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City has reason to question deputy pay


Dear Editor:

Let me get this straight.  I just recently learned about the county attempting to collect on approximately $7,800 in overtime pay for a sheriff’s deputy that was billed under a federal order for accrued comp time.  I really tried to pay close attention to all the overtime issues with the sheriff’s office during the summer, but I think I was too distracted by the huge water bills I was paying along with the shock of the upcoming property taxes that I am slated to have to pay in January.  So forgive me for missing some of the details, but it looks to me that the county attempted to pass the buck to the city for employee pay that they were directly responsible for.  In other words, the city has their 20-year-old contract with the county to provide law enforcement inside city limits.  If the county showed a shortfall, the county is responsible for the payment.  My hat goes off to some of our county commissioners for agreeing with the city administrator, Kelly Bloodworth.  Residents of Henrietta should be appreciative that she defended the city in correcting this wrong.

The last time I checked, as a resident of the city of Henrietta and Clay County, I pay both city and county taxes.  Shouldn’t some of my county taxes be used to provide basic law enforcement from the sheriff’s department inside city limits?  Maybe A.J. Peek is on to something by suggesting that the current contract should be reviewed.  Clay County has a population of around 10,000 residents.  Of this total, approximately 3,200 live inside the city limits of Henrietta.  No offense to the neighboring towns in our area, but none of them are paying in excess of $1.50 per $100 in valuation for both county and city taxes.  Something has to be done immediately to diversify the local tax base so property owners in our fine city and county are not squeezed anymore.  I attended the two special tax meetings held at city hall this summer, and I can tell you that our city council has their work cut out for them.  I did not realize the dire situation until speaking with each of the current councilmen.  I did not know that the city was basically out of money and insolvent at the end of their fiscal year 2010.  As costs go up each year and the value of property here locally stagnates, the money has to come from somewhere.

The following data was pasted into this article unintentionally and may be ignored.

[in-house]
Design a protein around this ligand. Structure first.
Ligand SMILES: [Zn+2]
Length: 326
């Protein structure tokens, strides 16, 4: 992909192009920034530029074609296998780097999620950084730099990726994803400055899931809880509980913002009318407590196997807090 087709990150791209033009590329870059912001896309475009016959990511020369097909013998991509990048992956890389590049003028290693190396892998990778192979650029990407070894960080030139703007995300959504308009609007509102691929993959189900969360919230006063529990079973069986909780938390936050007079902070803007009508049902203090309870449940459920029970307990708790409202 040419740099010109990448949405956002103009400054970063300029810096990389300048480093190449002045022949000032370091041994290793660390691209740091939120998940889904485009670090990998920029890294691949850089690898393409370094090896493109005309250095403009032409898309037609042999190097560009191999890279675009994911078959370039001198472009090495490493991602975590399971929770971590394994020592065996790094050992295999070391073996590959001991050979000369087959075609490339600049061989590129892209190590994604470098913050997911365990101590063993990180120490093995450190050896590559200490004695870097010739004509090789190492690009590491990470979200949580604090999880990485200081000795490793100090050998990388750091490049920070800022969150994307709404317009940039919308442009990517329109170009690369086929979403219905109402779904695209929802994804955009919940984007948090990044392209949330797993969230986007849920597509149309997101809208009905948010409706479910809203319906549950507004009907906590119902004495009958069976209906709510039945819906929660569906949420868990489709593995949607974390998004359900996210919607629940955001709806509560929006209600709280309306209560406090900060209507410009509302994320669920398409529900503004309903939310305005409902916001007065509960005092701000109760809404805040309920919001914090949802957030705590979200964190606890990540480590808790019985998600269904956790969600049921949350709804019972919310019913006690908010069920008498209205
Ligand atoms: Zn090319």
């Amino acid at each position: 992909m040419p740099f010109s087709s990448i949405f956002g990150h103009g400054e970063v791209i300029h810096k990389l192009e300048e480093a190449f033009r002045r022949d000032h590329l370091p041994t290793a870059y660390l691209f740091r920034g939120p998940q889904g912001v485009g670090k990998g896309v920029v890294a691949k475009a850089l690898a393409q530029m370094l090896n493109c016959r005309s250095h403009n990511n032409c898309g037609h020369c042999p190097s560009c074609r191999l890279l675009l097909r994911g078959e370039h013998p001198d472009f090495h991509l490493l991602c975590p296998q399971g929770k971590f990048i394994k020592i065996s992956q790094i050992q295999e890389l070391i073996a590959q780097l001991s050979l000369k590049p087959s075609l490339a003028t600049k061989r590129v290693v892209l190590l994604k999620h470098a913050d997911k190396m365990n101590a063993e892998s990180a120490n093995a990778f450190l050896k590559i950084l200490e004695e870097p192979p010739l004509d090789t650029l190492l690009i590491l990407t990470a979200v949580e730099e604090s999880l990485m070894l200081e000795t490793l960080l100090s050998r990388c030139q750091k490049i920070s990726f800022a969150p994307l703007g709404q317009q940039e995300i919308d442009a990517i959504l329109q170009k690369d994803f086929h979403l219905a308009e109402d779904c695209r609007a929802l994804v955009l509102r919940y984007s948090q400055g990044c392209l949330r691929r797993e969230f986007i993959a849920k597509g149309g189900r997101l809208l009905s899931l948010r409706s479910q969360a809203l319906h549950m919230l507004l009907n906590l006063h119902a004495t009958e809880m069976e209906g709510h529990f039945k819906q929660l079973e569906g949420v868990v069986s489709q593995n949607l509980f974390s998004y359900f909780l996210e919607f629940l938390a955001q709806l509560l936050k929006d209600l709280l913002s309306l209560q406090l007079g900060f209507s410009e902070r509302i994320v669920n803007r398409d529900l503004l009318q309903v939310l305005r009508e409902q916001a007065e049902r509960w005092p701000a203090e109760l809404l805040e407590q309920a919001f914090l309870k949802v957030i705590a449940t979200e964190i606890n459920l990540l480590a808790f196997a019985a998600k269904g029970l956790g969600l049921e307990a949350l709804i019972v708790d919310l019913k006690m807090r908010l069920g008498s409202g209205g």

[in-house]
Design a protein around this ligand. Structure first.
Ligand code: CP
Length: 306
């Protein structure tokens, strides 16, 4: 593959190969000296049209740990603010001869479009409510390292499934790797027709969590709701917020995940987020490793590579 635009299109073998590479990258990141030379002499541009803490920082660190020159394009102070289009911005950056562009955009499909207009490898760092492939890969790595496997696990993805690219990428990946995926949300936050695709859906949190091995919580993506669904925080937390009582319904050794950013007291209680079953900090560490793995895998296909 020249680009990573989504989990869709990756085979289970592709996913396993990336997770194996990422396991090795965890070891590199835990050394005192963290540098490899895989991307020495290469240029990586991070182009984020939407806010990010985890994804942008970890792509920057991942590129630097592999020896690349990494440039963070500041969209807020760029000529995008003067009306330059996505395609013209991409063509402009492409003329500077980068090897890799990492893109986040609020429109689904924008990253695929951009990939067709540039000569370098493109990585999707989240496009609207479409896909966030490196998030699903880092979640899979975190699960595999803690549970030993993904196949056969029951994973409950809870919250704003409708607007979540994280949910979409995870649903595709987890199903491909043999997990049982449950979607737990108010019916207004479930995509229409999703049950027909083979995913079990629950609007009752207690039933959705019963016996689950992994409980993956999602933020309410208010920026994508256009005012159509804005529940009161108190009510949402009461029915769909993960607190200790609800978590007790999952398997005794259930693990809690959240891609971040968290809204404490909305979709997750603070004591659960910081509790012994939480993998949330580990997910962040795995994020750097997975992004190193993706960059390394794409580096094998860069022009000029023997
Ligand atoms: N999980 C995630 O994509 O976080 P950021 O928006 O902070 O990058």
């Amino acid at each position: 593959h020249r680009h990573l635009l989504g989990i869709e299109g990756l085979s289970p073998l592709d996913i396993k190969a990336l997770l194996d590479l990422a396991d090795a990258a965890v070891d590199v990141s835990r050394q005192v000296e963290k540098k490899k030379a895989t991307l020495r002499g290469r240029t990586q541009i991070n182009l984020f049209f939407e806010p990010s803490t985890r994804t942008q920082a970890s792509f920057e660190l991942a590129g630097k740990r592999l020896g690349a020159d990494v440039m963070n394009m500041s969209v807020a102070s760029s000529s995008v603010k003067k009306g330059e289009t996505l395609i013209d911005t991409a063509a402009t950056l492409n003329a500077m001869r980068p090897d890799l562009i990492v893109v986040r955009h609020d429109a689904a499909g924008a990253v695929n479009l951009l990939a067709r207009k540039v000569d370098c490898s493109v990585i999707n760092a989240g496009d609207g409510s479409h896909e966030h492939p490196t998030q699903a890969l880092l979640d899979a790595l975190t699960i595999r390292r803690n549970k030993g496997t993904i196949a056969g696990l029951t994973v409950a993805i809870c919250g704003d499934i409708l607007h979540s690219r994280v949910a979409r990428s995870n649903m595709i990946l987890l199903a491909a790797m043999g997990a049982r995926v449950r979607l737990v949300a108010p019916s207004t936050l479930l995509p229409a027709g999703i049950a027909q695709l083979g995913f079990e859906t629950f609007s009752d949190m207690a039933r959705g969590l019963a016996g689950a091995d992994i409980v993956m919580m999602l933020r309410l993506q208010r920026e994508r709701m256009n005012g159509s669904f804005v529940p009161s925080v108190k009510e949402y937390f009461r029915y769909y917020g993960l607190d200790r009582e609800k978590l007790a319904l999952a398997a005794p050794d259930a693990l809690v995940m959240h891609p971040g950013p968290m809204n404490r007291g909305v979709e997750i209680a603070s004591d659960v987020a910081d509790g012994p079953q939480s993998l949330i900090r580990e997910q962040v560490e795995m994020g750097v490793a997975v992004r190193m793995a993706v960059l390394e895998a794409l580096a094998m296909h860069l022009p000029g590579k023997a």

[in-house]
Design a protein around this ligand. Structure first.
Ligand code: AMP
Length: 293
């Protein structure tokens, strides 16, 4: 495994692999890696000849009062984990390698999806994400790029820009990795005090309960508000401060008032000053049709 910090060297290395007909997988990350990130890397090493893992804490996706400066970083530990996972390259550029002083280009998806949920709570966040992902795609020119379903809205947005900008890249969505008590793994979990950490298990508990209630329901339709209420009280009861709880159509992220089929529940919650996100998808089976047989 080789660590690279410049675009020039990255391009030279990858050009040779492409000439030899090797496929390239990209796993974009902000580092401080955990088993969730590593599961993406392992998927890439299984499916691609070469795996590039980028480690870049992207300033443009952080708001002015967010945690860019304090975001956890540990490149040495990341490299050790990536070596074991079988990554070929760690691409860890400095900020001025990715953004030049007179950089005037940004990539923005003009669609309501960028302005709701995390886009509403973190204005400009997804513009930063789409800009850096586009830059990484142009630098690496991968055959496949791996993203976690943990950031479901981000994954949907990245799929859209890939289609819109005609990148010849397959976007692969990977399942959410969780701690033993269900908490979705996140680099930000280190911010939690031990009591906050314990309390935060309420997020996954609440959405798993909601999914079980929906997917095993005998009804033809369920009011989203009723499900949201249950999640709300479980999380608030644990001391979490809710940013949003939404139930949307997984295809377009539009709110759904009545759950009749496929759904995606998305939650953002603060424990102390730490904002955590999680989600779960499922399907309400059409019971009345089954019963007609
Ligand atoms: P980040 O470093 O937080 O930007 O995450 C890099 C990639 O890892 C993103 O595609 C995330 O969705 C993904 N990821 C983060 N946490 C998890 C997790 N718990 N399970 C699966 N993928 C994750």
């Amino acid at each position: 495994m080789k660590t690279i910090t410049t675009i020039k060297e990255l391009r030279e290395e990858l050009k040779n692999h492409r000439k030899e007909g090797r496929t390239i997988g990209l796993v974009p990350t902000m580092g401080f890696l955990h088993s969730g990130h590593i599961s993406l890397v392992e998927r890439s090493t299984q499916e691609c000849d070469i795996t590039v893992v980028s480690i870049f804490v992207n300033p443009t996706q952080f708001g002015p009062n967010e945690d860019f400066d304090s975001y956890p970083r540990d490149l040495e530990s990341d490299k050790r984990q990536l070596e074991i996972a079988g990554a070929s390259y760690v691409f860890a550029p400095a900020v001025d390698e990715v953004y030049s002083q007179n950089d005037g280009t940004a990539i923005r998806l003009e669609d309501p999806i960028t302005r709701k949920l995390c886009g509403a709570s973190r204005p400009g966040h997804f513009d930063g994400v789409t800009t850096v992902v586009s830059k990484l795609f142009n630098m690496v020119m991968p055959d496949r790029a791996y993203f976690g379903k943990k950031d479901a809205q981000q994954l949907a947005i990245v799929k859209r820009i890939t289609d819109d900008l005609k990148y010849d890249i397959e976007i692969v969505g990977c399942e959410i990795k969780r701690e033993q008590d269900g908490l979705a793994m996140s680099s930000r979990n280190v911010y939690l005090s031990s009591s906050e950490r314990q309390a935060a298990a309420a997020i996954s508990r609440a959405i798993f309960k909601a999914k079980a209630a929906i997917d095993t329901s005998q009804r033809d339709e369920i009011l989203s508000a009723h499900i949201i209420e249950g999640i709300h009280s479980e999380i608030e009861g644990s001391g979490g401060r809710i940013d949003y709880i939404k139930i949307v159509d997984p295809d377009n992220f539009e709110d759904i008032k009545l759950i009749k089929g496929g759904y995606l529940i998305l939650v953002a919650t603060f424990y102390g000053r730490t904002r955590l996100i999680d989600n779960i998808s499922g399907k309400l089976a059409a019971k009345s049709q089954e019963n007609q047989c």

Through some research, I uncovered three common ways that towns of similar size have chosen to diversify their tax bases.  These include:  An increase in retail businesses, new manufacturing facilities, or new taxes derived from consumption/sales tax (the most common are taxes on alcohol sales and 4A/4B taxation).  It will be interesting to see which blueprint that city and county leaders choose to follow in order to provide a prosperous future for us all.  I’ve seen way too many towns in West Texas that have fallen off the map with declining populations and horrible infrastructure.  As voters, we must be open minded to listen to all possible solutions, or I fear that our local governments will tax and spend us all to death as we witness our streets, water, basic services and other infrastructure collapse around us.


Hank Bullinger



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The Pioneer Sentinel is an online newspaper designed to deliver the news of Clay County, Texas, in a concise and community-friendly format.

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